Washington has for several years harboured ambitions to prise Syria away from Iran's embrace, along with its support for Hizbullah. Chair of the Lebanese daily Al-Akhbar Ibrahim Al-Amine wrote a piece last weekend arguing that Western and pro-Western Arab countries were putting covert pressure on Al-Assad to conclude a peace agreement with Israel that would guarantee the latter's pullout from the occupied Syrian Golan Heights as a prelude to dropping ties with Hizbullah.

Al-Amine and the newspaper he chairs are seen as supportive of Hizbullah, at least in its fight against Israel. However, since the Syrian unrest began the paper has surprised critics by reporting on the demonstrations and publishing a range of opinions, including articles attacking the regime's crackdown on protesters.

As a result, some editions have been prevented from reaching Syrian newsstands.

Al-Assad would also be required to sever connections with Iran and Hamas as part of a peace deal, Al-Amine wrote, as well as enact domestic reforms and sack members of the ruling coterie.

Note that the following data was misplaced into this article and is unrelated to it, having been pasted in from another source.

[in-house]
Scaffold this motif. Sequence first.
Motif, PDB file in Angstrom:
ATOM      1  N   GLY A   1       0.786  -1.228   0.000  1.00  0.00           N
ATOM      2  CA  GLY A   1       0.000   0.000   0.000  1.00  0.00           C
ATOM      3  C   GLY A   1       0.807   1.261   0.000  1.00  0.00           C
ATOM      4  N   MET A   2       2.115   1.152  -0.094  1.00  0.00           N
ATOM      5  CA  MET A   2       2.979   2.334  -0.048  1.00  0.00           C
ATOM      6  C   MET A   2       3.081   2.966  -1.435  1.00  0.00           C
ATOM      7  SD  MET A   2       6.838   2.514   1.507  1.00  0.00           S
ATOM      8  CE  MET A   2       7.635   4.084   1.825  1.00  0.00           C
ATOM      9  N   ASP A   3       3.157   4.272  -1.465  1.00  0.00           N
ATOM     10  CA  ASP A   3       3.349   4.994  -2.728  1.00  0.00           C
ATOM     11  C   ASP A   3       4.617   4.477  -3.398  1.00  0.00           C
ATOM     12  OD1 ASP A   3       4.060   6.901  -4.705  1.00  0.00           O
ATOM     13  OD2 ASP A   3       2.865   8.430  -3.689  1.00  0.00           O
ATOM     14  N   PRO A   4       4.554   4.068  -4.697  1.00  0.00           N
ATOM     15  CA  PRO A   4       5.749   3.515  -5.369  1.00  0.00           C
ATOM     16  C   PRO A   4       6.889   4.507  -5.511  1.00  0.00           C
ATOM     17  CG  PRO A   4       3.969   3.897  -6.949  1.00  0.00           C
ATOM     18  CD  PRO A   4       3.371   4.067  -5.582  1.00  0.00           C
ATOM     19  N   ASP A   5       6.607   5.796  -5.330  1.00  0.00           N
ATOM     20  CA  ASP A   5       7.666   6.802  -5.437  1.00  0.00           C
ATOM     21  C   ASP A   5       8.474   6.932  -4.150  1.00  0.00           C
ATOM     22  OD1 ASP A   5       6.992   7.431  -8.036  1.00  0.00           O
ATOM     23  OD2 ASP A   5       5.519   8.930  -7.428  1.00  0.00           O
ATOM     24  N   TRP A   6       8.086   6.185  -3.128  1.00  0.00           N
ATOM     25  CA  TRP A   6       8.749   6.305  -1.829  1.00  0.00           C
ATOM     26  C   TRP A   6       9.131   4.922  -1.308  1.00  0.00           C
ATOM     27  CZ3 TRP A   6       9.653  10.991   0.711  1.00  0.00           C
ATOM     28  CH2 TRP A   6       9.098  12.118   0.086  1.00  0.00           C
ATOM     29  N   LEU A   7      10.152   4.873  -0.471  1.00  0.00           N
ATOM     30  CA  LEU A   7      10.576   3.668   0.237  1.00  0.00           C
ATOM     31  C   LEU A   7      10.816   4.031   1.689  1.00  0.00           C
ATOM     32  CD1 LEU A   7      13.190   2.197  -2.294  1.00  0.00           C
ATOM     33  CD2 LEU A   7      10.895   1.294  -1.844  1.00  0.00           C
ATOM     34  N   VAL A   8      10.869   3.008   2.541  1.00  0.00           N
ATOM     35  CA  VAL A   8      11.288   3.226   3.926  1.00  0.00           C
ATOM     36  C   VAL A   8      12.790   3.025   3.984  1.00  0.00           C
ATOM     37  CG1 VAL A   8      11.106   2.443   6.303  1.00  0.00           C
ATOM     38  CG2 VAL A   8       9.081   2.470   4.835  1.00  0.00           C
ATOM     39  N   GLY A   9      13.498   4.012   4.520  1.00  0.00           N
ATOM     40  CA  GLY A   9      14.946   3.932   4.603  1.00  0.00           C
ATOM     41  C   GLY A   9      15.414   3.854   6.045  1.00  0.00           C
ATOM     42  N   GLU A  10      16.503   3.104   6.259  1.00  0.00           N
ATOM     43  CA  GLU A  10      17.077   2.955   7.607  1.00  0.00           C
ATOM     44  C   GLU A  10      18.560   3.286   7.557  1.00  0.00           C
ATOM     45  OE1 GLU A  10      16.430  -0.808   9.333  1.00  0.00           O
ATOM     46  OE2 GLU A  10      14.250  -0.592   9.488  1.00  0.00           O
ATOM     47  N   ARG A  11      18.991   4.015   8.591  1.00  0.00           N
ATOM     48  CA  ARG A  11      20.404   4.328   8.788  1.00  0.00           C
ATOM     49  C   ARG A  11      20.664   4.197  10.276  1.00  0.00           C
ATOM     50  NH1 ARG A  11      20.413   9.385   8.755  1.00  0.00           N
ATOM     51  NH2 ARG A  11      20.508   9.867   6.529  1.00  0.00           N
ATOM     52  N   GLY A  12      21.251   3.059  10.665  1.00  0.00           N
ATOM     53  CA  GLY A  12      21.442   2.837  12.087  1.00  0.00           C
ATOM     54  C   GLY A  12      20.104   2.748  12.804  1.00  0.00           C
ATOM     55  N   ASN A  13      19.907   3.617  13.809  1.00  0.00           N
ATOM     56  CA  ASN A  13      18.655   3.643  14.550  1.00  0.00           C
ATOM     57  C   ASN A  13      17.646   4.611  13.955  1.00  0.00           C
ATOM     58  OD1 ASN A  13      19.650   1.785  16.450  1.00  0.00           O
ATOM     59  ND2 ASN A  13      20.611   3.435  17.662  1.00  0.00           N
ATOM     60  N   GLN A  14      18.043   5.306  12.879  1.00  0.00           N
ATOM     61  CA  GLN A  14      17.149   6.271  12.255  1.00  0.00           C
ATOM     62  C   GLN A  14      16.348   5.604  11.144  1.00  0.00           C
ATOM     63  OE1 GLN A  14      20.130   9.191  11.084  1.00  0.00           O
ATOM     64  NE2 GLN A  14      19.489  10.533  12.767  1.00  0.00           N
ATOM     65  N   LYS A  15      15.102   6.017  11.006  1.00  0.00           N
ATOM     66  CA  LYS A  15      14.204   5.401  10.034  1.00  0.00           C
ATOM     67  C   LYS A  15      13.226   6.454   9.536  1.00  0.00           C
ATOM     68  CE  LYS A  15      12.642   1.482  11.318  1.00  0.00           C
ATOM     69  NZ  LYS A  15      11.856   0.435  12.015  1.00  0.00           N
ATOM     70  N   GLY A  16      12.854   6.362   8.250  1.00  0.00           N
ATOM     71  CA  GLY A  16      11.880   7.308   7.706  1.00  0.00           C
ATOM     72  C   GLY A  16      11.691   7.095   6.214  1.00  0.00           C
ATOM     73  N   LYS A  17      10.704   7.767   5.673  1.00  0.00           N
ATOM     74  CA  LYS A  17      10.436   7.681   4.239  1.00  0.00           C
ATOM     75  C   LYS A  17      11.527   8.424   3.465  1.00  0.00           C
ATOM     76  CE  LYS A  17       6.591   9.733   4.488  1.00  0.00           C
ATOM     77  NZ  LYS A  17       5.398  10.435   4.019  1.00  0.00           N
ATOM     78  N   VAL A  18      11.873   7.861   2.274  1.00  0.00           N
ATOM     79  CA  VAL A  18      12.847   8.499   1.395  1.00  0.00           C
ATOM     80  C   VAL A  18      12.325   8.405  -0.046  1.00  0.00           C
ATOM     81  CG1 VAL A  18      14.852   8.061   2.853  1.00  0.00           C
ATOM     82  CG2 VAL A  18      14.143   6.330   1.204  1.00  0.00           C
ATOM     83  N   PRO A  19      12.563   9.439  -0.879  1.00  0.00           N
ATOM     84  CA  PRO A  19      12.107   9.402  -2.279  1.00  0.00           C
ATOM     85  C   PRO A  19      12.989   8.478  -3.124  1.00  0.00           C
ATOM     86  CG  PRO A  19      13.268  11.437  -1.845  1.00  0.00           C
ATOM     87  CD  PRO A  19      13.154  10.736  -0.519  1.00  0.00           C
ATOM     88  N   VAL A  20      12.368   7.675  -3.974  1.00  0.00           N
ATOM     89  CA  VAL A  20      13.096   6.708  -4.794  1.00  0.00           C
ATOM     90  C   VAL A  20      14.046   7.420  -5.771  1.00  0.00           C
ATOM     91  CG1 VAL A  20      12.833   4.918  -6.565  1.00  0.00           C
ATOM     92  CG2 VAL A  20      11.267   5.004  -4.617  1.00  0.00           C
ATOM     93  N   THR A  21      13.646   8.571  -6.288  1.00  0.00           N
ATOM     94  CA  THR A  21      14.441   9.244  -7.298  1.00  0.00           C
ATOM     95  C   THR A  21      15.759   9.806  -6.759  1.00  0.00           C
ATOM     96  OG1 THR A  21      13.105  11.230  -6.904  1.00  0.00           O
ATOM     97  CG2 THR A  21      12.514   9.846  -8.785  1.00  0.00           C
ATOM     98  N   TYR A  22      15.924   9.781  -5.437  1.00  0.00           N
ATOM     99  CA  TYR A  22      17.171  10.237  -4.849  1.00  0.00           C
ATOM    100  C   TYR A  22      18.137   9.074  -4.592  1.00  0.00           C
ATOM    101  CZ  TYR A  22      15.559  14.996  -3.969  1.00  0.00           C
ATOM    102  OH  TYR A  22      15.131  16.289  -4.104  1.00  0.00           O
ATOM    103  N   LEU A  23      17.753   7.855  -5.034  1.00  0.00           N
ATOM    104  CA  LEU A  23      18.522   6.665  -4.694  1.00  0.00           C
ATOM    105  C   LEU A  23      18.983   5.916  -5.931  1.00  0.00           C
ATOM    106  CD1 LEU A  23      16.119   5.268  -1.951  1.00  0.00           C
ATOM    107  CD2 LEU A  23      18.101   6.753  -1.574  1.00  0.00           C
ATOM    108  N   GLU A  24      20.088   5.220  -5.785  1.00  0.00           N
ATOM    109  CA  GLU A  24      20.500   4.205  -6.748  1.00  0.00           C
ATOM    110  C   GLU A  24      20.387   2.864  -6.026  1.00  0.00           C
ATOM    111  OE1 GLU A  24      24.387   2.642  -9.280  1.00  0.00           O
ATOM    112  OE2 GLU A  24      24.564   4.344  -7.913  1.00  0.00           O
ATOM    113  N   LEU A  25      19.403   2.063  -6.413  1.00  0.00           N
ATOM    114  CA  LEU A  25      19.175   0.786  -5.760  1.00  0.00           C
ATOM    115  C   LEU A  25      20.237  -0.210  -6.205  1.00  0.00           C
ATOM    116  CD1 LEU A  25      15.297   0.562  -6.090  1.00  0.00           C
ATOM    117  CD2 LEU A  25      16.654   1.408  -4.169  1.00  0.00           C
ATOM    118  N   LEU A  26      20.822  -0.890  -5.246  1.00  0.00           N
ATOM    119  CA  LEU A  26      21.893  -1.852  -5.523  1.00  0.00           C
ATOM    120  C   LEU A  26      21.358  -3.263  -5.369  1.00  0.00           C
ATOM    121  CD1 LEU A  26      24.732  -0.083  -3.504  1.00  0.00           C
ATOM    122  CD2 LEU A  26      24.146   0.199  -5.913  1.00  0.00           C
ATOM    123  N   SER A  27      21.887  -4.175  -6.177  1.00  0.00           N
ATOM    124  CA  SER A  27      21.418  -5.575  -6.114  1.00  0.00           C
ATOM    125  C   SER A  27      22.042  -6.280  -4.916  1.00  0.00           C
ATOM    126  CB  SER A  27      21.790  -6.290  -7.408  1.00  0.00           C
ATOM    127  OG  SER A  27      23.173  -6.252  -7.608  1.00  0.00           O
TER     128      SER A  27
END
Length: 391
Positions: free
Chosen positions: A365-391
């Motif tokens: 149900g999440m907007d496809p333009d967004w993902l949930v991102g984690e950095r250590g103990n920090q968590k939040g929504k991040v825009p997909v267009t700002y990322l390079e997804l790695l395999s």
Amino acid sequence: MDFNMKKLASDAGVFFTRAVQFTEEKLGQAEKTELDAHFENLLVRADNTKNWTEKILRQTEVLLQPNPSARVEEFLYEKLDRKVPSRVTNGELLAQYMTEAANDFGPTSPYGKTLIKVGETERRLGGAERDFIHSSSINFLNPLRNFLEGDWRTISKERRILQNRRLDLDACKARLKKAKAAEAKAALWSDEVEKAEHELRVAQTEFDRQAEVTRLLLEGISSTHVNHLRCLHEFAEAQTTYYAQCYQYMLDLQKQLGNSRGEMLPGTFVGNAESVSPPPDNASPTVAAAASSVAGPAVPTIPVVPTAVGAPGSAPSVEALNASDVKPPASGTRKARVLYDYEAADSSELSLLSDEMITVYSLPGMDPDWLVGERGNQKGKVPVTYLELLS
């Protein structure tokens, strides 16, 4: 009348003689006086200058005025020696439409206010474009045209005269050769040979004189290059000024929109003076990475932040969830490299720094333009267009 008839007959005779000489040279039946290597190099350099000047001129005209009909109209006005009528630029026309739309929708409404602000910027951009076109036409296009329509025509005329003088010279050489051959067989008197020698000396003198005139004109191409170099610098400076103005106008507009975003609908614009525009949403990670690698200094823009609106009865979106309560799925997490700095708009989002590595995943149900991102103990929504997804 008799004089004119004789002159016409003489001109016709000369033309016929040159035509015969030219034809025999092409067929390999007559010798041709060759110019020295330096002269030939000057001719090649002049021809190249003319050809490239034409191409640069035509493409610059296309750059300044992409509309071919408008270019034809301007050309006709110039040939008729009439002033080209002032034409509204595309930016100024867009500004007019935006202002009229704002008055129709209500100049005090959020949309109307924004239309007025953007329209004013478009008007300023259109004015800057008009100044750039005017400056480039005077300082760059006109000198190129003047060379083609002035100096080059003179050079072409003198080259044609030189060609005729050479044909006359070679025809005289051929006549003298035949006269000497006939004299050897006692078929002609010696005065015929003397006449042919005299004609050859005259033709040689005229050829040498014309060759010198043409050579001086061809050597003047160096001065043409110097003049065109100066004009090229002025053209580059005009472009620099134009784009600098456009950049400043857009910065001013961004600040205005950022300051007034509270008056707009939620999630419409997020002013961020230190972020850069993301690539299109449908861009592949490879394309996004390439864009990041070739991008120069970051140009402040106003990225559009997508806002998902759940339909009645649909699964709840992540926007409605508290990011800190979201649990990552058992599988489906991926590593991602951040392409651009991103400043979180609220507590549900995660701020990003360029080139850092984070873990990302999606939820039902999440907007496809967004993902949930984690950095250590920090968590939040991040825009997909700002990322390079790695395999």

In return, he would receive financial and development aid. "Needless to say, Al-Assad rejected these offers," Al-Amine wrote. "He told Arab delegates that Iran and the forces of the resistance were his constant allies and that this had been proven through experience."

Saad-Ghorayeb said that if Al-Assad were to fall, it would be a serious blow to Hizbullah. "Whoever replaced him would almost certainly not support the resistance movements in the way he has," she said.

"We're not just talking about supply lines. It would weaken the strategy of deterrence and tie Hizbullah's hands much more in any future war with Israel. It could even encourage Israel to strike Hizbullah."

Fidaa Itani, a left-wing journalist with Al-Akhbar knowledgeable about Hizbullah and a fierce critic of Damascus, said the group derived much of its strength and legitimacy from its mainly Shia Lebanese constituency, which is concentrated in the south of the country and in Beirut's southern suburbs.

The group had also been careful to bolster its security by avoiding dependence on Syria or any other single source of backing. "It has worked from the beginning to ensure that its financial and political support and its supply lines are not from any single source," Itani said.